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How to prevent online fraud? Time to protect your company


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Have you ever been afraid of falling victim to online fraud? Today we’ll tell you how to avoid it and discuss the various types that exist.

Technology has become an integral part of our lives, offering numerous advantages that make life easier. However, are these advantages a double-edged sword?

In the last year, cybercriminals have increased their activity in businesses by 44%. This surge has been observed during the declaration of the Spanish state of alarm. Spain, like other European countries, has witnessed the rise of cybercrime since 2011.

Over the past decade, online fraud has seen a growth of 813% in Spanish territory, with businesses being the most affected in 2020.

So, today we explain the types of deception to help you avoid them and prevent them from reaching your company or organization.

Types of Online Fraud

Companies can fall victim to various types of theft, with the majority being perpetrated through email.

Email spoofing, or the impersonation of a company’s identity, is the favorite tool of cybercriminals aiming to deceive consumers of that brand. Through this technique, scammers impersonate the identity of companies to send spam, spread malware, or engage in phishing practices.

Phishing is one of the most common actions to obtain customers’ personal data by impersonating their identity.

Types of Identity Theft:

  1. Fake Microsoft Technical Support:

This scam involves a Microsoft technician contacting the company under the pretext of “fixing various technical issues with the computer.” This allows them to obtain confidential information from the company without arousing suspicion.

  1. CEO Fraud:

This online fraud is based on deceiving a worker in the financial department with access to banking transactions. The employee receives an email from the “CEO, president, or director of the company” requesting an urgent and confidential transaction to another account, which belongs to the scammer.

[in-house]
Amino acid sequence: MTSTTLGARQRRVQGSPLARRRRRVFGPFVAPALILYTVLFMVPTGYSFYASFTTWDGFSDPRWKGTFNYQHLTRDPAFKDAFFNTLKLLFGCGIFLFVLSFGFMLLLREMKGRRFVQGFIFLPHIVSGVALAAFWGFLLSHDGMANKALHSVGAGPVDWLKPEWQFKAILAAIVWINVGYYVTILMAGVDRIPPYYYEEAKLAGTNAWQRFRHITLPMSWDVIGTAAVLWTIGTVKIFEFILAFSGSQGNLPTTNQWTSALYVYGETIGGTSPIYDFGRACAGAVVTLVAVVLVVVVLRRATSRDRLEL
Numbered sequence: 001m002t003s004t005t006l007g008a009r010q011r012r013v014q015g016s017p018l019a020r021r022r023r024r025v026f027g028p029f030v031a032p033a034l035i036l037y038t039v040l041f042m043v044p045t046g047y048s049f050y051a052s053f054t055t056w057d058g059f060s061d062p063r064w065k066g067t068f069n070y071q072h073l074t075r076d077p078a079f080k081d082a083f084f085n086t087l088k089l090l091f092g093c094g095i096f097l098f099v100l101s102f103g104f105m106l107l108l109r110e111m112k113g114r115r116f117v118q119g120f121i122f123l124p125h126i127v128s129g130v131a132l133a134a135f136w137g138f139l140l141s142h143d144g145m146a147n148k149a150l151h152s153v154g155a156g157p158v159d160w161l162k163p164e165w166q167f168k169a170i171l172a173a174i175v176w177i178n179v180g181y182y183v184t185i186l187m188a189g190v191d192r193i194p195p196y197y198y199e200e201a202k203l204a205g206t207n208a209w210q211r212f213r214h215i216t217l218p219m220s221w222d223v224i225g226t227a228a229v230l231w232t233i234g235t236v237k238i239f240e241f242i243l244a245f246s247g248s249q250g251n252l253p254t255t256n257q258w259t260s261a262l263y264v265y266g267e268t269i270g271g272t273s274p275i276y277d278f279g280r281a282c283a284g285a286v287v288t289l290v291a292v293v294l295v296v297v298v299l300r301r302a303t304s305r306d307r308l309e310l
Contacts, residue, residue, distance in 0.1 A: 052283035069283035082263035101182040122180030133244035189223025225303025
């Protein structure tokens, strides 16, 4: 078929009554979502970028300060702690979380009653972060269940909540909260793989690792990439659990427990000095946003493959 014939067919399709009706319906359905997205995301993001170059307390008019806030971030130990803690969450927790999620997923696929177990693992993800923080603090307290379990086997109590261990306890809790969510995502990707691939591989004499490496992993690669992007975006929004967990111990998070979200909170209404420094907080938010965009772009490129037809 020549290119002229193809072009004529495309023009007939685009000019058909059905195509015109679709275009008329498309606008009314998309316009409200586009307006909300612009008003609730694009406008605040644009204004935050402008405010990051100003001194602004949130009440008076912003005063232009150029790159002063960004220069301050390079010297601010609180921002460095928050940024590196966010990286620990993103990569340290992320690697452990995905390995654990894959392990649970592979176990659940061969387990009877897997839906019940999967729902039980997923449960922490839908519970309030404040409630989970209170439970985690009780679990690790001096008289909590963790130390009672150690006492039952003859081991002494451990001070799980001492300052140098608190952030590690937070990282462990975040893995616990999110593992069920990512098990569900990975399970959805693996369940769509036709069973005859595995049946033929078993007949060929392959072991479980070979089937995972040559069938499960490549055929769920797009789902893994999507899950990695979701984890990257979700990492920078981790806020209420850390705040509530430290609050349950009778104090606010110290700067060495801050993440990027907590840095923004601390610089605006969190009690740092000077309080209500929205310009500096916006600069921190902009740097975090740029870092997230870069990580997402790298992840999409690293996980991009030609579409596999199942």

1. HR Fraud:

This scam targets the company’s Human Resources personnel. The department receives an email from a “worker” who wants to change the account where they receive their salary. A request like this results in the theft of an employee’s salary, transferring it to the scammer’s account.

  1. Sextortion Campaign:

This scam involves threatening a worker with the disclosure of personal or intimate content to their entire contact list if they do not make a payment to the provided account. This practice has various variants, including the use of other content to extort the company or the worker.

  1. Ransomware:

This scam involves blocking the company’s computers until an immediate financial transaction is made. Access to the computers is typically gained through the execution or download of specific content sent via email.

  1. Web Skimming:

Cybercriminals exploit unpatched vulnerabilities in content management systems or phishing campaigns to gain access to the store. This allows them to steal all personal information entered by customers.

  1. Website Impersonation:

One of the most commonly used online frauds involves copying the official website to obtain personal data and money from purchases. This is carried out through cybersquatting techniques, creating an exact copy of both the design and information on the website.


Identify online fraud in your inbox

Email is one of the primary working methods for companies; hence, scammers will attempt fraudulent practices using this system.

Here are some elements to consider when receiving suspicious notifications:

1. Senders:

   Pay special attention to the senders of your emails; most of them have one of these structures:

  •  They do not match official addresses and are often similar (remember that if you want to confirm the contact, you can call the official entity).
  • The email starts with “Dear taxpayer” or “Dear customer” with the invoice number hidden. Companies usually identify themselves from the beginning.
  • They are different from previous messages or request personal information.

2. Links:

When receiving any link in the email, it is advisable not to open it until confirming its source. You can analyze the way the link is written.

Pay special attention to punctuation marks, the security certificate, spelling mistakes, or if it is very different from the official website link.

3. Attachments:

Attachments are another tactic used to spread malware or obtain personal data from your customers. Be suspicious when the sender is unknown, or your company has not requested such information.

According to a study by TransUnion, an international analysis and information organization, the most affected sectors are telecommunications, financial services, and gambling.

Another indicator in recent years has been the development of these scams in major cities such as Madrid, Barcelona, or Valencia.


With the technological leap we have experienced due to the COVID-19 health crisis, it was expected that these scams would increase.

Therefore, we have wanted to create this article to make you aware of how to protect your company from these frauds. Feel free to follow the advice we have provided.

Now that you know how to identify them, do not hesitate to contact HelloMrLead if you want to receive more information, discuss a specific case, and boost the LEADS for your business.

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